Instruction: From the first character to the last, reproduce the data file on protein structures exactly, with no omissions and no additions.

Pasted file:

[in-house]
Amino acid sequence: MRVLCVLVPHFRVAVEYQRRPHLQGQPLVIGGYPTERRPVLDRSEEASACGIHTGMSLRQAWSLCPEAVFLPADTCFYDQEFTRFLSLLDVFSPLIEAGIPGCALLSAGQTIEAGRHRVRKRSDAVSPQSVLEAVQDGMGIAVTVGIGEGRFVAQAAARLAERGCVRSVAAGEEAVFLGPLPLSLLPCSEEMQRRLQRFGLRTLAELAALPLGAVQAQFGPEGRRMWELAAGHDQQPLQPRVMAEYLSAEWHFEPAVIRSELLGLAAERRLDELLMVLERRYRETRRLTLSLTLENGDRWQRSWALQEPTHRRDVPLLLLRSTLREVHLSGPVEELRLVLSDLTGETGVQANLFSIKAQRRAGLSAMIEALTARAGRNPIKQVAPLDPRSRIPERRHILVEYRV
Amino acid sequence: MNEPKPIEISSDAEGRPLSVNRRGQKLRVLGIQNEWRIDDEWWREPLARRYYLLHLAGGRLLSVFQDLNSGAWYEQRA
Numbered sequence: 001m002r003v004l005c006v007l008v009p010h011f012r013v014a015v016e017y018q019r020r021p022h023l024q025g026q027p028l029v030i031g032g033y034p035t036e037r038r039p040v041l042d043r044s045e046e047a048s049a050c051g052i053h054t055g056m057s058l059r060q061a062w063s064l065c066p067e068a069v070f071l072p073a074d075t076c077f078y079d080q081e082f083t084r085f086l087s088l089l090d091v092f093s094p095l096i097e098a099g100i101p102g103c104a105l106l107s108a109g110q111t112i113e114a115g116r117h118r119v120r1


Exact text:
[in-house]
Amino acid sequence: MRVLCVLVPHFRVAVEYQRRPHLQGQPLVIGGYPTERRPVLDRSEEASACGIHTGMSLRQAWSLCPEAVFLPADTCFYDQEFTRFLSLLDVFSPLIEAGIPGCALLSAGQTIEAGRHRVRKRSDAVSPQSVLEAVQDGMGIAVTVGIGEGRFVAQAAARLAERGCVRSVAAGEEAVFLGPLPLSLLPCSEEMQRRLQRFGLRTLAELAALPLGAVQAQFGPEGRRMWELAAGHDQQPLQPRVMAEYLSAEWHFEPAVIRSELLGLAAERRLDELLMVLERRYRETRRLTLSLTLENGDRWQRSWALQEPTHRRDVPLLLLRSTLREVHLSGPVEELRLVLSDLTGETGVQANLFSIKAQRRAGLSAMIEALTARAGRNPIKQVAPLDPRSRIPERRHILVEYRV
Amino acid sequence: MNEPKPIEISSDAEGRPLSVNRRGQKLRVLGIQNEWRIDDEWWREPLARRYYLLHLAGGRLLSVFQDLNSGAWYEQRA
Numbered sequence: 001m002r003v004l005c006v007l008v009p010h011f012r013v014a015v016e017y018q019r020r021p022h023l024q025g026q027p028l029v030i031g032g033y034p035t036e037r038r039p040v041l042d043r044s045e046e047a048s049a050c051g052i053h054t055g056m057s058l059r060q061a062w063s064l065c066p067e068a069v070f071l072p073a074d075t076c077f078y079d080q081e082f083t084r085f086l087s088l089l090d091v092f093s094p095l096i097e098a099g100i101p102g103c104a105l106l107s108a109g110q111t112i113e114a115g116r117h118r119v120r1